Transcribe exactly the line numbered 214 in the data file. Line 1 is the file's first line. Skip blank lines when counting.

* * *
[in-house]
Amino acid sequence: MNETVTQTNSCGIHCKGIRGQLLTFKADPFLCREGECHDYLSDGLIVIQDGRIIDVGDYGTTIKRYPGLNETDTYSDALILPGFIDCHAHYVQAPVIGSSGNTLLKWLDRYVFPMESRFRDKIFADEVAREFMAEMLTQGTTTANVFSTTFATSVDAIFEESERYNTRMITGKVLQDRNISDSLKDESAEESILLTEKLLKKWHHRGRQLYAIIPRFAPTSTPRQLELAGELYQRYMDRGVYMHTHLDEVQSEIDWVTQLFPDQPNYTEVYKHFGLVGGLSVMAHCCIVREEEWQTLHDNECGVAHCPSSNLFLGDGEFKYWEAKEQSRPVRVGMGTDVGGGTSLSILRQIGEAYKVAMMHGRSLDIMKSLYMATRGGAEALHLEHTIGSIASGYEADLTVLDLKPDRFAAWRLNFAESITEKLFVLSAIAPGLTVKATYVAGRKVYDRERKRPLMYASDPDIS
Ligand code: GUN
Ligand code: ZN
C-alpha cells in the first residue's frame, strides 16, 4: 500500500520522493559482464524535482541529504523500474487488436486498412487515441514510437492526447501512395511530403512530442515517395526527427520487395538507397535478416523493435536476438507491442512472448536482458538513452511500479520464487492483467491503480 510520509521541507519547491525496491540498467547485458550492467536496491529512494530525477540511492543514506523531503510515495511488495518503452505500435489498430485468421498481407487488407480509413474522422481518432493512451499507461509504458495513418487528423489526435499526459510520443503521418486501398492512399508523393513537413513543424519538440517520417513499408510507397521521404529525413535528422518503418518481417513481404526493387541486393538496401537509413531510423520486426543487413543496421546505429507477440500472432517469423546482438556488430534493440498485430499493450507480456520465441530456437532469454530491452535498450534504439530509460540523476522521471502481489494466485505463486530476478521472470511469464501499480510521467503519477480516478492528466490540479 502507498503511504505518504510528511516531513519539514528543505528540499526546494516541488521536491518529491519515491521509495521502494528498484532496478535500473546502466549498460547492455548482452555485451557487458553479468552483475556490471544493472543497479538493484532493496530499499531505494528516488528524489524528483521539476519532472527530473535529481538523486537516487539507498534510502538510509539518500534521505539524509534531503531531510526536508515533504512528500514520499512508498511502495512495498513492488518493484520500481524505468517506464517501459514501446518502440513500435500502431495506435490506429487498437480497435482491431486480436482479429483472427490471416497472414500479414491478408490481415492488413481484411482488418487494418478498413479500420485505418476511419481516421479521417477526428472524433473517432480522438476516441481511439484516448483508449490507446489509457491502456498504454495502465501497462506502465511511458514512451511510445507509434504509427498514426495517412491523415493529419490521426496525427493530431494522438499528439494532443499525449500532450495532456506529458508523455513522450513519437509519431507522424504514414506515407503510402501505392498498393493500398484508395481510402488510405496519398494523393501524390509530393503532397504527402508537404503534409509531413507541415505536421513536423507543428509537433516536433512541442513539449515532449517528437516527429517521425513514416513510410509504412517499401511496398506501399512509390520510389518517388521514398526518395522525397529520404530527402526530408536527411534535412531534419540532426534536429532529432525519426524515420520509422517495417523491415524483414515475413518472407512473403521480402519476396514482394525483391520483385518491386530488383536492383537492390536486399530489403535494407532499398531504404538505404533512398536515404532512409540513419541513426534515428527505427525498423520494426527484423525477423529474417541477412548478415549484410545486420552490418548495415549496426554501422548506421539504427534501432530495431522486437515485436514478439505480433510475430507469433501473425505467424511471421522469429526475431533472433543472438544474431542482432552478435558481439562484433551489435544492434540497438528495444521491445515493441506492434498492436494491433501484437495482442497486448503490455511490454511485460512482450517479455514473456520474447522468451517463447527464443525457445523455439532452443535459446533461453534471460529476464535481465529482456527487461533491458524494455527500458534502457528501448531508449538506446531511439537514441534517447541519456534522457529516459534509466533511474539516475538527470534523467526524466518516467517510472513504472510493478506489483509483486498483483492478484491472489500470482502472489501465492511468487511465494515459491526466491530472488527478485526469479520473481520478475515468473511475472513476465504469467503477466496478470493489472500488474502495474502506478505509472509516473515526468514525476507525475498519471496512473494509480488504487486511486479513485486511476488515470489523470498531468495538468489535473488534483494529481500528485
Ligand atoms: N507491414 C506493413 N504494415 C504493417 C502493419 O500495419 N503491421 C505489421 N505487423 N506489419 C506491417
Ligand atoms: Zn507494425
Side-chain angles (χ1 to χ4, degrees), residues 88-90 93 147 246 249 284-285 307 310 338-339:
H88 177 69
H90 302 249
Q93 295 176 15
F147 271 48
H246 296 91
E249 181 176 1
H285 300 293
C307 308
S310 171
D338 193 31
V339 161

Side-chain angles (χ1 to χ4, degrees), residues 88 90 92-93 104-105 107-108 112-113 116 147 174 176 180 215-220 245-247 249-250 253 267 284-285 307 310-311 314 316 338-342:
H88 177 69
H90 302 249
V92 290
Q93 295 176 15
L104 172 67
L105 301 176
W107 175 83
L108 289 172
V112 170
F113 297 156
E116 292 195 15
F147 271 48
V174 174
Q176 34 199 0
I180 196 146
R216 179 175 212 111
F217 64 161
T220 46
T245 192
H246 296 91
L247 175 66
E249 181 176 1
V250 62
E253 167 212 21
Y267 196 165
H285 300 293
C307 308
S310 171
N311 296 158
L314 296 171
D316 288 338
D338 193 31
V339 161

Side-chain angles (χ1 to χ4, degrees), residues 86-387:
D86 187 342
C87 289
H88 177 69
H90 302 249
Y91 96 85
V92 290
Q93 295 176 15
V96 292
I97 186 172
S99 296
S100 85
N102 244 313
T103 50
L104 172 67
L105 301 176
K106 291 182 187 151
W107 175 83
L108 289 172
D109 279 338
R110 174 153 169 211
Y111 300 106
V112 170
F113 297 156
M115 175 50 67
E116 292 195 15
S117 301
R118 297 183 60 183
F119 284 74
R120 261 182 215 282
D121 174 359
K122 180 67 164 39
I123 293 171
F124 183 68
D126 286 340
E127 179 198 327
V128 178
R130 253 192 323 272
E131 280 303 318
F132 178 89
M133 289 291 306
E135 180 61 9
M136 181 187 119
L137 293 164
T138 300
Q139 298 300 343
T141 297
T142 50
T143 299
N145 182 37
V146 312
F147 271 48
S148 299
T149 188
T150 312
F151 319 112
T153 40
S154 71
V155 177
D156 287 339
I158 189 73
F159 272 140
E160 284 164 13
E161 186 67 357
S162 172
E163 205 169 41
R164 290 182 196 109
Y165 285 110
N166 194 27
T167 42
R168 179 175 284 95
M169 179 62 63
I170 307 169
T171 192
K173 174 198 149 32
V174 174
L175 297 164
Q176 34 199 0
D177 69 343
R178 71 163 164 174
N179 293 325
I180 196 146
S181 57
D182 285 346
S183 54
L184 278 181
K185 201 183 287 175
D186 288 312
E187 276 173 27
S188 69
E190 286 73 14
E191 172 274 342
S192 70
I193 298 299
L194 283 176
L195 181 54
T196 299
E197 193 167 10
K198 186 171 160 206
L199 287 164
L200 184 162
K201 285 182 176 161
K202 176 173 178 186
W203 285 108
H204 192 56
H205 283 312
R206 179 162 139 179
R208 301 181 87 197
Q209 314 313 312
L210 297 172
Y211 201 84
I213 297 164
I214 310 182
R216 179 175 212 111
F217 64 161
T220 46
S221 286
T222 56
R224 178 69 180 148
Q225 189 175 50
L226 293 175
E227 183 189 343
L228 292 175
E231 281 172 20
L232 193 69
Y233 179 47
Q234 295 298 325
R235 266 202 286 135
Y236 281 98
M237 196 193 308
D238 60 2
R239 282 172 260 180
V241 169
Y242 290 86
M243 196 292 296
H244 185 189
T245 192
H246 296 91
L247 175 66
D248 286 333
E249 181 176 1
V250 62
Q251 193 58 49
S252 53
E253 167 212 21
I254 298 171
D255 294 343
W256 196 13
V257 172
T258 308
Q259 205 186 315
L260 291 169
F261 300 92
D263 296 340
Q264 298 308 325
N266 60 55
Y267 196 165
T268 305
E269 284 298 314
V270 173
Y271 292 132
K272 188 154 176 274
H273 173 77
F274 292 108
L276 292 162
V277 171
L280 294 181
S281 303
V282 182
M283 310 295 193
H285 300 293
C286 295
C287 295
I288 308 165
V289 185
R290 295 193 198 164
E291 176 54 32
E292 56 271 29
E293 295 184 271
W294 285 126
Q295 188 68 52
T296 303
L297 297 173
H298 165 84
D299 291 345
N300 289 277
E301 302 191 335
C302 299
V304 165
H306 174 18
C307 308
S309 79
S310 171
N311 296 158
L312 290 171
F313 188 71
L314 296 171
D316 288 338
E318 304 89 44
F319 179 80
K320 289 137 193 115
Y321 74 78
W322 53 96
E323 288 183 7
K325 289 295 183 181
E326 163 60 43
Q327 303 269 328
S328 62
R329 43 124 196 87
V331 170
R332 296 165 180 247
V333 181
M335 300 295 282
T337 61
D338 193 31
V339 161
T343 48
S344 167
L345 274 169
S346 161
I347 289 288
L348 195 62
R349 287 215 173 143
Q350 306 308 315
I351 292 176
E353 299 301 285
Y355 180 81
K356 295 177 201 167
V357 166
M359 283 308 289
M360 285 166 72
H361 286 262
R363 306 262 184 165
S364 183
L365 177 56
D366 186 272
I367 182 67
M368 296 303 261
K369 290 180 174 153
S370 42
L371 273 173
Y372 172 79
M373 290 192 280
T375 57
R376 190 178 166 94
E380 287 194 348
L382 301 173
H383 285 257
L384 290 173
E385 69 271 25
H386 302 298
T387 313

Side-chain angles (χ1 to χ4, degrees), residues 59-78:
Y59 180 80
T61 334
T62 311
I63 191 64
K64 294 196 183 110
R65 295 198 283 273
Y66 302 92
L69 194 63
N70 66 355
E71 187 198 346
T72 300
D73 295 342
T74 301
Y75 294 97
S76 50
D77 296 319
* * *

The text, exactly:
Y271 292 132